Ideas, Interests, Institutions and the History of Canadian Bankruptcy Law 1867-1880
Thomas G. W. Telfer
University of Western Ontario
January 25, 2010
University of Toronto Law Journal, Spring 2010
Professor Michael Trebilcock’s scholarship has long recognized the importance of ideas, interests and institutions in shaping policy. Michael Trebilcock and Ninette Kelley make economic interests, contested ideas, and institutions the focus of The Making of the Mosaic: A History of Canadian Immigration Policy. Taking the same analytical approach that Michael Trebilcock and Ninette Kelley use in their ground-breaking book on the history of Canadian immigration, the paper examines the Canadian historical experience to gain an understanding of the ideas, interests, and institutions that have been influential in shaping the evolution of Canadian bankruptcy law. The paper addresses the rise of Canadian bankruptcy legislation in the early post Confederation period and its ultimate repeal in 1880. Bankruptcy law represented both a conflict of ideas over the morality of the bankruptcy discharge and a distinct divergence of interests between local and distant creditors over the advantages and disadvantages of a pro rata distribution. Institutional factors such as federalism, courts, and the emerging regulatory state also had an independent effect.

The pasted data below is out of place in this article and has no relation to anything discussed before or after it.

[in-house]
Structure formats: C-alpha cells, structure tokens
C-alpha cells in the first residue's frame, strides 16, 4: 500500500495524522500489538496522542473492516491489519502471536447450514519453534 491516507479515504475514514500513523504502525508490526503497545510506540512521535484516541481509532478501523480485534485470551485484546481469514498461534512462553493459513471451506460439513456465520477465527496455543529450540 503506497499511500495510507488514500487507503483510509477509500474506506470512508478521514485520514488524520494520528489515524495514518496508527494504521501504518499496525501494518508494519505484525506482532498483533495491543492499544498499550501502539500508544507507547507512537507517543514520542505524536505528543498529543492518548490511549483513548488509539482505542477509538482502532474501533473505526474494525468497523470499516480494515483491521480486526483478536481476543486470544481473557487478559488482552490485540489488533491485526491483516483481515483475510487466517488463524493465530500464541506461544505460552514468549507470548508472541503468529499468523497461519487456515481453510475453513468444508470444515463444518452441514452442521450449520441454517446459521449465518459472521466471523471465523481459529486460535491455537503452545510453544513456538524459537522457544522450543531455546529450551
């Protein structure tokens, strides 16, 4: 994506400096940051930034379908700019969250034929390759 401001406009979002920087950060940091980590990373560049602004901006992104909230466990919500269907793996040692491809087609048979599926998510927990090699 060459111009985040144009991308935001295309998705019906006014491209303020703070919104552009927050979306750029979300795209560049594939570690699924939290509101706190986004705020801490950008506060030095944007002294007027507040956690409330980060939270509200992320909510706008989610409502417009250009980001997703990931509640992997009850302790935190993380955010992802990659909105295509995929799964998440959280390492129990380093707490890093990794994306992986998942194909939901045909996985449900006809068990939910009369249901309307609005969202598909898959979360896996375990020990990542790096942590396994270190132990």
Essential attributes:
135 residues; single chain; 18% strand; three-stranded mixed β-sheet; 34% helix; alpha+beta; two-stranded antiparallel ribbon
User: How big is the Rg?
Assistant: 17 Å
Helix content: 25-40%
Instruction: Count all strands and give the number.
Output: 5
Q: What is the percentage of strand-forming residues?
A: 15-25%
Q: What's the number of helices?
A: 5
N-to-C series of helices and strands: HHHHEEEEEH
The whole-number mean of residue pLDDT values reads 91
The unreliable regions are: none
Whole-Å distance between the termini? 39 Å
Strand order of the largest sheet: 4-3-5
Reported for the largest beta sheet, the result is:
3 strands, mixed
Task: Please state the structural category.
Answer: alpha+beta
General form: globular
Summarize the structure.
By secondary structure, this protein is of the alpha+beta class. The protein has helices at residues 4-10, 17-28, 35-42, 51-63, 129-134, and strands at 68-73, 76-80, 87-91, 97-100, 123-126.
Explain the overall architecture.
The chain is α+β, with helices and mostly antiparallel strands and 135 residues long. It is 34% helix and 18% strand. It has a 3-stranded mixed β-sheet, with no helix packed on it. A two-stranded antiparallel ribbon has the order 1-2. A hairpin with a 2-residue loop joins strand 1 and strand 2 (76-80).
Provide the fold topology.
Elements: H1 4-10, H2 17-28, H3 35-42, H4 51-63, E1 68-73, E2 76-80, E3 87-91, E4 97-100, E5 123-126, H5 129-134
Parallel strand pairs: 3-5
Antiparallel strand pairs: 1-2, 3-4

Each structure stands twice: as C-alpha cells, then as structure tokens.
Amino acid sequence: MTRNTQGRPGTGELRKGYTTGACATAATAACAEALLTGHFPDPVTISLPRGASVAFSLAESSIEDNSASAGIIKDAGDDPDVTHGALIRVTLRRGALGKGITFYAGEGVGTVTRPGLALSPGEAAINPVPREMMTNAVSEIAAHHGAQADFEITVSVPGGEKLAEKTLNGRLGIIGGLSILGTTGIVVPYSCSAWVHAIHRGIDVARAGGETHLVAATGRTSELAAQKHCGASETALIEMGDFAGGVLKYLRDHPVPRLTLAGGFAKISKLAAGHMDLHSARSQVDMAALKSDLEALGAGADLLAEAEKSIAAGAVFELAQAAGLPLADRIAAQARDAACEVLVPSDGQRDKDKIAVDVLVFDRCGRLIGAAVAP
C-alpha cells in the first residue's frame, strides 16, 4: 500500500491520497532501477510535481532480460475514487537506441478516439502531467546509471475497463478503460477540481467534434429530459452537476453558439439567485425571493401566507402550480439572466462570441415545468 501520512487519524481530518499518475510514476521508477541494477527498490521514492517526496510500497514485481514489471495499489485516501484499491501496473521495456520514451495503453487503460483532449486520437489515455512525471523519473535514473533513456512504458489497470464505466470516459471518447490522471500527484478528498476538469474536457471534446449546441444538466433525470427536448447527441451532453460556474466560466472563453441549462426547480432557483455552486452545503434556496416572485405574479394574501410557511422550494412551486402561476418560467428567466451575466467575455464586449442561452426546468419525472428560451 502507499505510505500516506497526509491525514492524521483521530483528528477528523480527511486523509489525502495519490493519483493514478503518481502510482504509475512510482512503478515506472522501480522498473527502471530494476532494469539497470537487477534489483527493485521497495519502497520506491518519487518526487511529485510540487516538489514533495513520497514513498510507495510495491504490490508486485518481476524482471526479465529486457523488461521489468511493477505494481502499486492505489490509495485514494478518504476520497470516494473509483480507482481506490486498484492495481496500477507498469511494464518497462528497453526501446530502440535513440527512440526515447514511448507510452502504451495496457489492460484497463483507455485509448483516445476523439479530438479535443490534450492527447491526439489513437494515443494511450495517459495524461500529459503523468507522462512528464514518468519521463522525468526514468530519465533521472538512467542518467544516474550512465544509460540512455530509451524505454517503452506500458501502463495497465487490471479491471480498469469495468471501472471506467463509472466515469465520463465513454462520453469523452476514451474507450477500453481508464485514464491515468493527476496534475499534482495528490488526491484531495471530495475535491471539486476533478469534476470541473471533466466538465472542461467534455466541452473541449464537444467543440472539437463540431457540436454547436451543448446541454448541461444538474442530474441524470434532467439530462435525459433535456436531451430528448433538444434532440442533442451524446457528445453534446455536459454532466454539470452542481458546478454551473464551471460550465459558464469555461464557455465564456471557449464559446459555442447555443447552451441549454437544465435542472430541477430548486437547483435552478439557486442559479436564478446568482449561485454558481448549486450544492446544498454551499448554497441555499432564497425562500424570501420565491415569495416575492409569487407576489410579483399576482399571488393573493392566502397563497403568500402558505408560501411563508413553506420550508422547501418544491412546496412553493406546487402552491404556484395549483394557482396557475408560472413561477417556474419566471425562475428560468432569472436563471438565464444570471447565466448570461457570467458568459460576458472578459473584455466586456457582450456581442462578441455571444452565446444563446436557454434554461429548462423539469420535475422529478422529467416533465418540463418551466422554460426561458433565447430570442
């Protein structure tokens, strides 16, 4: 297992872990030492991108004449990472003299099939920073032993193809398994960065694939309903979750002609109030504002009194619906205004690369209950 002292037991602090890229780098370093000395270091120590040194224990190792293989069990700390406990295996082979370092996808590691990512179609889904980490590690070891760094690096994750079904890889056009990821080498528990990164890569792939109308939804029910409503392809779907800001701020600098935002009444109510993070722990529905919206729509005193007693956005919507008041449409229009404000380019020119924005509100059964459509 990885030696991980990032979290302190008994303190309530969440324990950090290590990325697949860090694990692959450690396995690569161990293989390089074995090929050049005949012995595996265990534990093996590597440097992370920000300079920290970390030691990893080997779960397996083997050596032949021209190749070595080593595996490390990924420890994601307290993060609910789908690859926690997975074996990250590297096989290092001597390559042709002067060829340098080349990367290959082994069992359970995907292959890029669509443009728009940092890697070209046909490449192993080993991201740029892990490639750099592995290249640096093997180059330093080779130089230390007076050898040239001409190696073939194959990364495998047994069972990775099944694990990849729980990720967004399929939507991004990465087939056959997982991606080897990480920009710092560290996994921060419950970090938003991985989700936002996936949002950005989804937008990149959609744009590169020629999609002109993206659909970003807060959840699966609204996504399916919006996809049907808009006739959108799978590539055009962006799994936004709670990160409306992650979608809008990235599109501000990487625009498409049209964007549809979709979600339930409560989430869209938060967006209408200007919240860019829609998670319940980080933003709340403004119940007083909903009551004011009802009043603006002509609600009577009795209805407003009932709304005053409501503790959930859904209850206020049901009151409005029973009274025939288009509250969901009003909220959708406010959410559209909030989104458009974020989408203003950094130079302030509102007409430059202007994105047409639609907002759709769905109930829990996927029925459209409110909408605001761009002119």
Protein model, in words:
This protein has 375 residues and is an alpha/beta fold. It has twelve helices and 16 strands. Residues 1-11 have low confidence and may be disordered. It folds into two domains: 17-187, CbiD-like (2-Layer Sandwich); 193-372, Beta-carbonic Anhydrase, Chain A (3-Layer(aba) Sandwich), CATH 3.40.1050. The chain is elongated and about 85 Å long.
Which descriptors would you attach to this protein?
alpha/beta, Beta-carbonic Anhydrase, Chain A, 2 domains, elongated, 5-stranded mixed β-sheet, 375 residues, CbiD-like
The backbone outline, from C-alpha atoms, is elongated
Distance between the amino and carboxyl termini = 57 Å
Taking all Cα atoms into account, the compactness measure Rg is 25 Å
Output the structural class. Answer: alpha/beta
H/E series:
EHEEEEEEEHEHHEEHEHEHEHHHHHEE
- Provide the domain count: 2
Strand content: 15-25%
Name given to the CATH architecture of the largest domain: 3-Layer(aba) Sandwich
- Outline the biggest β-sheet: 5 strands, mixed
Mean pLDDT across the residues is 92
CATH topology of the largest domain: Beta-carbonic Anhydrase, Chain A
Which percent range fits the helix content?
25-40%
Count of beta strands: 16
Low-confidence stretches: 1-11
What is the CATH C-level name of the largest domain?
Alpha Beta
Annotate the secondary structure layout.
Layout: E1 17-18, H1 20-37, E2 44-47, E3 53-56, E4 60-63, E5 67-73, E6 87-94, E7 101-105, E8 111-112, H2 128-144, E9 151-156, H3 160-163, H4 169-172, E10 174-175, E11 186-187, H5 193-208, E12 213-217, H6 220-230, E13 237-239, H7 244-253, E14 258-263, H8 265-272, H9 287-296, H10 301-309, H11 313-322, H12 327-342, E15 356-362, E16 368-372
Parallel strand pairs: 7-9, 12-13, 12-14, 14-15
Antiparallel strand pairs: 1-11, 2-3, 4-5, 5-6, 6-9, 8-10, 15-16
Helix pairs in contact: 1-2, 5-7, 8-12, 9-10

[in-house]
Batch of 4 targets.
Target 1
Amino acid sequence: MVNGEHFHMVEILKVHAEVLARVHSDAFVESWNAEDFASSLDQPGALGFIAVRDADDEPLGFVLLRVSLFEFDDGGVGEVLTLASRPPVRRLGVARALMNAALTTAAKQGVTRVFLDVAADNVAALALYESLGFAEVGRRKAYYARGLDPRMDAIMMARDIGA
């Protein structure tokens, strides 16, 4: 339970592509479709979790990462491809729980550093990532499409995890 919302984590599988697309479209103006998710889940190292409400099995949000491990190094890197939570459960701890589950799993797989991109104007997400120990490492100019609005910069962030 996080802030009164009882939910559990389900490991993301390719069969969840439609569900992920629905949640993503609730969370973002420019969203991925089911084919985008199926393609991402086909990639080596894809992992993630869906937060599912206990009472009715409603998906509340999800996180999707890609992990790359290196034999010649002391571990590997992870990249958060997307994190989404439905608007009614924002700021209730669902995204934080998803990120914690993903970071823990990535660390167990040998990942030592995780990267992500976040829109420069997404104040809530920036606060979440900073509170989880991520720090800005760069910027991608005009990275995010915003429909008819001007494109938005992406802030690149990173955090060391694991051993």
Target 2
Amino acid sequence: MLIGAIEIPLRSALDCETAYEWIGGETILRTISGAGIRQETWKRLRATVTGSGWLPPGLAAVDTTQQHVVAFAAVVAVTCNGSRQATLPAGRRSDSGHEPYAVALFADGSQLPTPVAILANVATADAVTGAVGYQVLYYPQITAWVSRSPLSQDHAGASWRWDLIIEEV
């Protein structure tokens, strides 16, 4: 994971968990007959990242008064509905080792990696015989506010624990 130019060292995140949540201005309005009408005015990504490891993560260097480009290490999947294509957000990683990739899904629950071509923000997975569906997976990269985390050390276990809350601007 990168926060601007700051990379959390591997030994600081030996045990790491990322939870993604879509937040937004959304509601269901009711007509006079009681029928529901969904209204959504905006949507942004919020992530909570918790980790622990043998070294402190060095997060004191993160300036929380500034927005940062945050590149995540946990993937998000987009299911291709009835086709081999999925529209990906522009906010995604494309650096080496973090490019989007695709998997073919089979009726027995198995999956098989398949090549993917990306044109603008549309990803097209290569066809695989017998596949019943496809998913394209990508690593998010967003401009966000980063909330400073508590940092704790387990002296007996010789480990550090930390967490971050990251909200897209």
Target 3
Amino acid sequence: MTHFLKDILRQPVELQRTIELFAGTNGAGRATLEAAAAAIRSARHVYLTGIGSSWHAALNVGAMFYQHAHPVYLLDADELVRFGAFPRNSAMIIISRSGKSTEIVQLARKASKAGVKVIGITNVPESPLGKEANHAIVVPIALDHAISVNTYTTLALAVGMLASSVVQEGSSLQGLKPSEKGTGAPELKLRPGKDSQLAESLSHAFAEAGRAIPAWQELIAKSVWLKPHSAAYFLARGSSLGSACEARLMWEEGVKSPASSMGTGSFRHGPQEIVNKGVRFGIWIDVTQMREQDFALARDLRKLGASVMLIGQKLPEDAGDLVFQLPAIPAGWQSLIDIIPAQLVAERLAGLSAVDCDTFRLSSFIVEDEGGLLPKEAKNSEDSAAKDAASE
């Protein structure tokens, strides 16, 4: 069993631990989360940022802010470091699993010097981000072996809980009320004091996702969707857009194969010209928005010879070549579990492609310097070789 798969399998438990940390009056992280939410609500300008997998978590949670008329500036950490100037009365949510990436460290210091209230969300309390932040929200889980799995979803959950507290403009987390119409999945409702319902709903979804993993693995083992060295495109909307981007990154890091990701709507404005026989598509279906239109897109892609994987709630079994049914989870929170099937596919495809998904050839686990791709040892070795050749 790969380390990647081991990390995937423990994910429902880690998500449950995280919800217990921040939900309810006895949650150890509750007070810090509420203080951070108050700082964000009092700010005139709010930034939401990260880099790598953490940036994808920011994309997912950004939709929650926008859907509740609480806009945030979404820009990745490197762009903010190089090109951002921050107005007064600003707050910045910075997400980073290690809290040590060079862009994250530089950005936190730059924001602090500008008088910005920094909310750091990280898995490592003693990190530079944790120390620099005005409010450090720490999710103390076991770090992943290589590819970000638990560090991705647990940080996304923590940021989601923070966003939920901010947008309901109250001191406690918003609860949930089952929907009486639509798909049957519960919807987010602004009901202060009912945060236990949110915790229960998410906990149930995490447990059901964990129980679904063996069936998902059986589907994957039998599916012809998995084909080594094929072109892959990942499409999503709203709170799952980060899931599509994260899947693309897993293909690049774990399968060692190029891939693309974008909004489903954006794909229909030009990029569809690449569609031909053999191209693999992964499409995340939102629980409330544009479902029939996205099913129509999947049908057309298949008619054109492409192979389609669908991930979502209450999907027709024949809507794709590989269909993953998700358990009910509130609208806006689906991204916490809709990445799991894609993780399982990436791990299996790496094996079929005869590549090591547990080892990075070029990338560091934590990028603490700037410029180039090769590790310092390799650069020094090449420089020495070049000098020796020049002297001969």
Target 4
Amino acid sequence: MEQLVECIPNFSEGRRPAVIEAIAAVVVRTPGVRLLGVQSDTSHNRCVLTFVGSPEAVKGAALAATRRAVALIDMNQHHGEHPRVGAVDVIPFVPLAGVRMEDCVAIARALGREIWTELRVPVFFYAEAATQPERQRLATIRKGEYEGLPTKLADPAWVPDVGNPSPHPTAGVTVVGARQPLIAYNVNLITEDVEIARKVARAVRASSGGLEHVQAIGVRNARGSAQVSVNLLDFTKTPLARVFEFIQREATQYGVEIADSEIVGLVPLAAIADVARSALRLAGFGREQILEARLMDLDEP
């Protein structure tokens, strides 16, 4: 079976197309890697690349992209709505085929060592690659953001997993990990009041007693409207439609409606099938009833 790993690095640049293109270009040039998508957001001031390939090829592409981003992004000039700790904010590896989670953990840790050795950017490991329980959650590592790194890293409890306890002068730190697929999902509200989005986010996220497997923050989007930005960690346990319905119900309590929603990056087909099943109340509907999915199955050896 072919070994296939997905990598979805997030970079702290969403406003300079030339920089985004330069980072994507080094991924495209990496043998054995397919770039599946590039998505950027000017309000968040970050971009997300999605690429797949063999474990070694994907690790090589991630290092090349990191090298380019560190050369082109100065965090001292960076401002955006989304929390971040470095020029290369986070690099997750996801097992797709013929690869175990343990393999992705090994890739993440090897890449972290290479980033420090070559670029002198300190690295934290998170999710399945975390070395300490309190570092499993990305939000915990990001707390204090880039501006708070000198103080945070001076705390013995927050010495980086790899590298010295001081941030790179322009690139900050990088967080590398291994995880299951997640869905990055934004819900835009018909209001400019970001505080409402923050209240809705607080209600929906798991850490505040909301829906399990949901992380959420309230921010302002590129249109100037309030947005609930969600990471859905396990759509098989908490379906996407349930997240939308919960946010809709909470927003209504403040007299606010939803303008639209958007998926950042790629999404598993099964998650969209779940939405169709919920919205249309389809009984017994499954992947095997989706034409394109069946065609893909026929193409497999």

Number of Pages in PDF File: 23
Keywords: Bankruptcy, insolvency, history, ideas, interests, institutions
Date posted: January 27, 2010
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